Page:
With no tools to evaluate what she was taught before she was thoroughly embedded in her family’s culture, Peregolise had little choice. This culture, her father’s intellect and total dedication to The URANTIA Book, and his insistence that she was destined for greatness, kept her in fear of making a mistake. As her father became well known in The Urantia Book community, Peregolise describes him becoming like a cult leader. When she or others tried to confront him, he displayed a combination of angry withdrawal, anger, and warm encouragement (read as good cop, bad cop). Culted Child… indicates that he transformed the surface message of the book from basically “Be true to the bit of God within you and care for each other” into “Obey me because I love you.”
Leaders in cults and related groups [SH1] have long been observed by their critics to be intoxicated by power, addicted to and deceived by praise, and terrified of rejection. Such leaders demand extreme loyalty without displaying virtue in themselves, give the appearance of caring without really attending to others, and exercising power instead of providing meaningful leadership. Consequently, the author’s journey out of her father’s control was long and came at a terrible cost. But the author had little choice, having been born into this family.
Culted Child… is a warning to those among us who choose to engage in armchair spiritual quests, pursuing that which satisfies our curiosity without critical thought concerning where our quest may lead. Those we love can be harmed by our oversight and overzealousness. But, spoiler alert, this story is one of courage, and triumph. Reason, critical thinking, and hard choices win.
Lewis, S. (2007). Chapter 10: The peculiar sleep: Receiving The Urantia Book. In Lewis, J. R. & Hammer, O. (Eds.), The Invention of Sacred Tradition (pp. 199–212). Cambridge University Press.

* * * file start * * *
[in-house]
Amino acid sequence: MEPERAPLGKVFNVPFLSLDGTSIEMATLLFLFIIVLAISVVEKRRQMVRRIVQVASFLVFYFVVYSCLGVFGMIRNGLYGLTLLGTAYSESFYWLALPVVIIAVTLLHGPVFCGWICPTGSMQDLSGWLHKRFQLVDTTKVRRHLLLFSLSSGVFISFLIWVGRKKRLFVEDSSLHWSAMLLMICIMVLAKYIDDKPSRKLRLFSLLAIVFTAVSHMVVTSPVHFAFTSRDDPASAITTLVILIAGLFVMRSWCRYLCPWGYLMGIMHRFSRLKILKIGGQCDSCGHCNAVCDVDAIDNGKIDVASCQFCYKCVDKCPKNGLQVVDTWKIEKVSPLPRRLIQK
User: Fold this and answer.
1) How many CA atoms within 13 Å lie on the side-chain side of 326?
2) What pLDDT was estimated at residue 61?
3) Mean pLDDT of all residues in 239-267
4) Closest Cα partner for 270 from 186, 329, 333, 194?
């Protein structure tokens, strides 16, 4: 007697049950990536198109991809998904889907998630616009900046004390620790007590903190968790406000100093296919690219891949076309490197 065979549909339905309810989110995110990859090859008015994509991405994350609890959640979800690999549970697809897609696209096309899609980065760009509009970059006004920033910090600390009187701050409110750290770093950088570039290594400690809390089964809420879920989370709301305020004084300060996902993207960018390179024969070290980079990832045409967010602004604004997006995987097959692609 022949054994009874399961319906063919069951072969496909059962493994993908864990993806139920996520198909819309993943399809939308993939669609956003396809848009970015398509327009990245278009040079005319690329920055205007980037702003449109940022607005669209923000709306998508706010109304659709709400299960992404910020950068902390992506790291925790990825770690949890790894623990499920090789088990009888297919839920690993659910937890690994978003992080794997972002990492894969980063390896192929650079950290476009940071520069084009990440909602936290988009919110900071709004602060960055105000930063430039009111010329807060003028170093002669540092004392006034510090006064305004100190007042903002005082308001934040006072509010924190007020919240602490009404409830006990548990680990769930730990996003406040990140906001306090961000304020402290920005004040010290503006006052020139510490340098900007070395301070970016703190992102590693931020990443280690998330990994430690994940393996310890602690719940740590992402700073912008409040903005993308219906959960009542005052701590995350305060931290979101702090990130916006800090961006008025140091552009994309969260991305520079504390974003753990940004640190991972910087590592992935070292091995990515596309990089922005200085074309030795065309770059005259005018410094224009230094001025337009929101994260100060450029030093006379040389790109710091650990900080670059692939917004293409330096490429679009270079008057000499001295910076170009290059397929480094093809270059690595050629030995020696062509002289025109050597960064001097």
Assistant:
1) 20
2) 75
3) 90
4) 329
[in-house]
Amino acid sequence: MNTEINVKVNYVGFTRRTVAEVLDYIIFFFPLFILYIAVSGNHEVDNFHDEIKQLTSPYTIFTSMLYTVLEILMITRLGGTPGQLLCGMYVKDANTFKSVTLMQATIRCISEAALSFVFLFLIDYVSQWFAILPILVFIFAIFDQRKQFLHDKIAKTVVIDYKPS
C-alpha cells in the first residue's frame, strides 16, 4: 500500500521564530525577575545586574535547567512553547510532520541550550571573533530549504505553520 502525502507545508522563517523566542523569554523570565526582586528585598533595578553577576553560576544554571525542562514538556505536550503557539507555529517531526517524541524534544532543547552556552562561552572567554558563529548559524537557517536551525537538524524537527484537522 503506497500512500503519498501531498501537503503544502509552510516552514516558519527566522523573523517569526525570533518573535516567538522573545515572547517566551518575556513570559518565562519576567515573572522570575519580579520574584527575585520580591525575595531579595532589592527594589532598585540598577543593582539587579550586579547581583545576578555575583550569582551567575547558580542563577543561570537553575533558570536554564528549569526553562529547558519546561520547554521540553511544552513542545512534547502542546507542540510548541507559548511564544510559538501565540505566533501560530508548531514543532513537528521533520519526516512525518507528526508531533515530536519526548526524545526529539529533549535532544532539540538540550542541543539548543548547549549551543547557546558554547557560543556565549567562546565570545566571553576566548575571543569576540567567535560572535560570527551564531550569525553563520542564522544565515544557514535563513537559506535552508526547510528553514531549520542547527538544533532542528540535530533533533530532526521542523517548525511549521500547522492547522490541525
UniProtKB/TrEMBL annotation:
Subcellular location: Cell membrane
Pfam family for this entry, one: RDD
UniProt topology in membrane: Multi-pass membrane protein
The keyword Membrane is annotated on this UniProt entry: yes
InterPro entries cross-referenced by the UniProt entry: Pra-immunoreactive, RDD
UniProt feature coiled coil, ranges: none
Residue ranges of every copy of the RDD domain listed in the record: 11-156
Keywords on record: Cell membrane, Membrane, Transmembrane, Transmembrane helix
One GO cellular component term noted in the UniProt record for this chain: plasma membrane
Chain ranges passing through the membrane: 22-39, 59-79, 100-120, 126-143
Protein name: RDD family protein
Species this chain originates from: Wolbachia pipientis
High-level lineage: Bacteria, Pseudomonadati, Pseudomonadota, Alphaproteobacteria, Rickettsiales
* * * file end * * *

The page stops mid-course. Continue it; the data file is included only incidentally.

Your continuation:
Gardner, M. (1995). Urantia: The great cult mystery. Prometheus Books.
About the Reviewer
Ron Burks, PhD, holds an MDiv and an MA in counseling from Asbury Theological Seminary and a PhD in Counselor Education from Ohio University. He worked for many years at Wellspring Retreat and Resource Center in Albany, Ohio. He and his wife Vicki wrote Damaged Disciples: Casualties of Authoritarian Churches and the Shepherding Movement, published by Zondervan. His other publications include a chapter on a connection between cults and addiction in the medical reference, Substance Abuse: A Comprehensive Textbook, published by Williams and Wilkins. He and Vicki now live near Tallahassee, Florida where both are licensed mental health counselors and operate an intensive outpatient substance abuse program at Tallahassee Memorial Hospital. Ron is a former president of the Wellspring Retreat Board of Directors.
[SH1]Michael has suggested this revised wording:
Suppose instead of saying “Cult leaders have long been…” we say “Leaders in cults and related groups have long been.” My concern is that the review only says her father is “like a cult leader.” Adding “and related groups” seems more precise.